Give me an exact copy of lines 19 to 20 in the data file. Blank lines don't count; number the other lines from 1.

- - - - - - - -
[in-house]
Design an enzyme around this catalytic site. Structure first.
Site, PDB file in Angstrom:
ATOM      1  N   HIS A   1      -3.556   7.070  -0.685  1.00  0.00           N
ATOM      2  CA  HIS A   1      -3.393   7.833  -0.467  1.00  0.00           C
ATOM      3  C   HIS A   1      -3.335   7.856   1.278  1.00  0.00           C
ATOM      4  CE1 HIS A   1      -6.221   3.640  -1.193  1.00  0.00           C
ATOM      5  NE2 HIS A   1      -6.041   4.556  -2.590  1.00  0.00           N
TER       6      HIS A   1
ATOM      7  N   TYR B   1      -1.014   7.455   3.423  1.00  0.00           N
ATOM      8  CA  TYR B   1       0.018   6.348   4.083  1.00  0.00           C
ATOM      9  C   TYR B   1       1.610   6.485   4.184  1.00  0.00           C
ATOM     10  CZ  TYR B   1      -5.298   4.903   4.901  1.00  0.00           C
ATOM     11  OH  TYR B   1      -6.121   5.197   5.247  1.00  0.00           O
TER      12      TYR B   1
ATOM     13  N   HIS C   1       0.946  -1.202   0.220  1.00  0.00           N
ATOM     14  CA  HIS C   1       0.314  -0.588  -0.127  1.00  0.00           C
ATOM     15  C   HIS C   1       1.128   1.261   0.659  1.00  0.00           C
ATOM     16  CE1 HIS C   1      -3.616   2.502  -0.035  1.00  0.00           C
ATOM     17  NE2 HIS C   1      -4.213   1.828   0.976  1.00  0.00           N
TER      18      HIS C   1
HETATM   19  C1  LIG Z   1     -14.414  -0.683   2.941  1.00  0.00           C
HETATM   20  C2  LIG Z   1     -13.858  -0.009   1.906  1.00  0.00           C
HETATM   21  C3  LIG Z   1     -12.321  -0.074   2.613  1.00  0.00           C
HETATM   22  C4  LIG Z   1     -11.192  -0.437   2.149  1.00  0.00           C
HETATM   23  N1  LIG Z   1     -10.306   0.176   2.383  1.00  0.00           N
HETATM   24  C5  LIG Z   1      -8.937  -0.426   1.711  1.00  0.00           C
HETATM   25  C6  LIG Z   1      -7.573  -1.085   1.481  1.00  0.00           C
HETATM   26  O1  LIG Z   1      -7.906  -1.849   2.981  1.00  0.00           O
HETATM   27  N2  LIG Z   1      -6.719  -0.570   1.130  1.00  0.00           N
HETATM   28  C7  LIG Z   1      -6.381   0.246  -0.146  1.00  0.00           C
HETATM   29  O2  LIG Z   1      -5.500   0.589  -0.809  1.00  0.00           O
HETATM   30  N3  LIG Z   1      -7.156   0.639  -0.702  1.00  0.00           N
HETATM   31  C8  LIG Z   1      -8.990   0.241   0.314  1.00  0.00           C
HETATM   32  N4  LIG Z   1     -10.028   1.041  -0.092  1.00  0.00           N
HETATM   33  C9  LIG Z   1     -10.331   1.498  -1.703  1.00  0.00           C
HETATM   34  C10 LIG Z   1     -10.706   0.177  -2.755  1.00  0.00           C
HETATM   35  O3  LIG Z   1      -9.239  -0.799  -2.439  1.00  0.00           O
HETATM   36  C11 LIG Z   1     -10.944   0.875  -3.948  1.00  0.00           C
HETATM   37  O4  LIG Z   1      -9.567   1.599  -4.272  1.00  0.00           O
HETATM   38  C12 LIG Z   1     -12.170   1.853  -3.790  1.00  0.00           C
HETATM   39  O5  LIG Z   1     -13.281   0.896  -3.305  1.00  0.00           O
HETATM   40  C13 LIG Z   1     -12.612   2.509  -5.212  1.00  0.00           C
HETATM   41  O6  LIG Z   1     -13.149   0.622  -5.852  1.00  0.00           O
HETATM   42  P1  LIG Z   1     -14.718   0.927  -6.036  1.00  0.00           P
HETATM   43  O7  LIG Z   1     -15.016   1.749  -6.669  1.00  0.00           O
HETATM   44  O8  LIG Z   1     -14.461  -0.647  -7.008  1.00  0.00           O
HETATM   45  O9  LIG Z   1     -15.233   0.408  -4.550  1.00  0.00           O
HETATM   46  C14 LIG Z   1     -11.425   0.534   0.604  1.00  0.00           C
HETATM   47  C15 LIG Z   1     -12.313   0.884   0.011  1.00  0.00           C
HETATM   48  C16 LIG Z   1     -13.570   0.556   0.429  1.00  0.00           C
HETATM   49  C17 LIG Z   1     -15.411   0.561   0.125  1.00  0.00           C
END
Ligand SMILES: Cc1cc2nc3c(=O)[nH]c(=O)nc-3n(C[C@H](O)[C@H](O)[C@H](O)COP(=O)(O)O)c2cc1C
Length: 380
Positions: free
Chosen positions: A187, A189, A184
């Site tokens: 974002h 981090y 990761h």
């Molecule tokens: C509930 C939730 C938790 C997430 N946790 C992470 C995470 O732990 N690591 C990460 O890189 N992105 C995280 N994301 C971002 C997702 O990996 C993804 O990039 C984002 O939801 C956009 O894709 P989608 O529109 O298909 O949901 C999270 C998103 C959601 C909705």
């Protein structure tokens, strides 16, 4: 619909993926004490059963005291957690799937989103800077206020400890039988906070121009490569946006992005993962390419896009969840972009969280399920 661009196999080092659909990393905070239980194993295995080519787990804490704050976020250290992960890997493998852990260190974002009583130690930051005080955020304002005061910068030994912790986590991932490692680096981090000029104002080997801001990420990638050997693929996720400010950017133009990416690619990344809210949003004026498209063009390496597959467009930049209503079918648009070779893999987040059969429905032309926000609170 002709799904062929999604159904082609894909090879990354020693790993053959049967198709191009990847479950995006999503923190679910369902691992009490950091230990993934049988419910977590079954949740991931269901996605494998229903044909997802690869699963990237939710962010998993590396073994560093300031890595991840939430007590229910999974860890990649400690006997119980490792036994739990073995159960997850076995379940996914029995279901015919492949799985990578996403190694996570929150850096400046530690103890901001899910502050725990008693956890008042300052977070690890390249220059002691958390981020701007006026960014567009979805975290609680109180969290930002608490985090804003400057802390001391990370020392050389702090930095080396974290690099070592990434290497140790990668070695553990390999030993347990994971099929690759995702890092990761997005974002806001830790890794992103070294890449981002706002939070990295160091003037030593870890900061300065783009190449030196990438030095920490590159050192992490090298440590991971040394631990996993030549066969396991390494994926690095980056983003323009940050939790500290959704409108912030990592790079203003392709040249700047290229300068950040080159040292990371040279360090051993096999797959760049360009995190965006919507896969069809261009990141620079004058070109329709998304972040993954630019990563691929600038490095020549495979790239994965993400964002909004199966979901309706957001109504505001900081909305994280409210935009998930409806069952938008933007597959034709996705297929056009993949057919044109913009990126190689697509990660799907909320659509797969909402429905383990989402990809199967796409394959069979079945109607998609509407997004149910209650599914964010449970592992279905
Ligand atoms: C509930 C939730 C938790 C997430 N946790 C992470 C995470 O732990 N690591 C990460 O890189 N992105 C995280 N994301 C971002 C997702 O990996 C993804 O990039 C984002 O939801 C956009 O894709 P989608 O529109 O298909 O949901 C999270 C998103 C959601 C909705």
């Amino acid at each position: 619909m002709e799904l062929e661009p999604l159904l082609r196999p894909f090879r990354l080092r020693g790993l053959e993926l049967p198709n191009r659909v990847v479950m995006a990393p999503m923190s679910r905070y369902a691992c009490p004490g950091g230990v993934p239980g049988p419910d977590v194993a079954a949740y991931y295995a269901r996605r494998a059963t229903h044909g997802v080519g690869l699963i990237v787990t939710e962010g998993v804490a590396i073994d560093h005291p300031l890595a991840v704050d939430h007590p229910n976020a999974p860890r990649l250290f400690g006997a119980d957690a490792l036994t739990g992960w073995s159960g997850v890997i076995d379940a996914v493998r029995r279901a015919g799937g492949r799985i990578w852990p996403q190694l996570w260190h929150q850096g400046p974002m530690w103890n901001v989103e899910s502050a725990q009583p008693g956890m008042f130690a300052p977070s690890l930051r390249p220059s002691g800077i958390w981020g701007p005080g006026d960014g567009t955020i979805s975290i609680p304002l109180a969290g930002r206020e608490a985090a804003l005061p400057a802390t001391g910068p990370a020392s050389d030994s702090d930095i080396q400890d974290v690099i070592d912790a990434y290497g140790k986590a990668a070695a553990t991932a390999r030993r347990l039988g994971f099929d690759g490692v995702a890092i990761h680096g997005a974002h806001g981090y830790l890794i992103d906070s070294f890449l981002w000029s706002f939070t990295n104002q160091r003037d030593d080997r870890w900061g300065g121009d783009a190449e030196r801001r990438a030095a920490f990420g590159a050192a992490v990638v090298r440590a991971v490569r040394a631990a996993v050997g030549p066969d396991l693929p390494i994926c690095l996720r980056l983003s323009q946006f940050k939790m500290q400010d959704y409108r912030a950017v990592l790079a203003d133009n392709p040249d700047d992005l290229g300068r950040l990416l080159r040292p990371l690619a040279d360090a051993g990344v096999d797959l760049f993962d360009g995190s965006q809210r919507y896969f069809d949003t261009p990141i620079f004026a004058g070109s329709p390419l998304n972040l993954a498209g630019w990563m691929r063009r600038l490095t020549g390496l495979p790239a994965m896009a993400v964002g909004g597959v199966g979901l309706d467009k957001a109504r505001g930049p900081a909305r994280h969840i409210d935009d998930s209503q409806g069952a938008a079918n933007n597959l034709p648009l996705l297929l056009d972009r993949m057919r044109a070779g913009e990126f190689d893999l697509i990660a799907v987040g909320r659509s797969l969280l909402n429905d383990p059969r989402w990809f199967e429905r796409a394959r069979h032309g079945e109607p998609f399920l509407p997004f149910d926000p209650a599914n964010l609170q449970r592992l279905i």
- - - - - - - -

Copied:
ATOM     16  CE1 HIS C   1      -3.616   2.502  -0.035  1.00  0.00           C
ATOM     17  NE2 HIS C   1      -4.213   1.828   0.976  1.00  0.00           N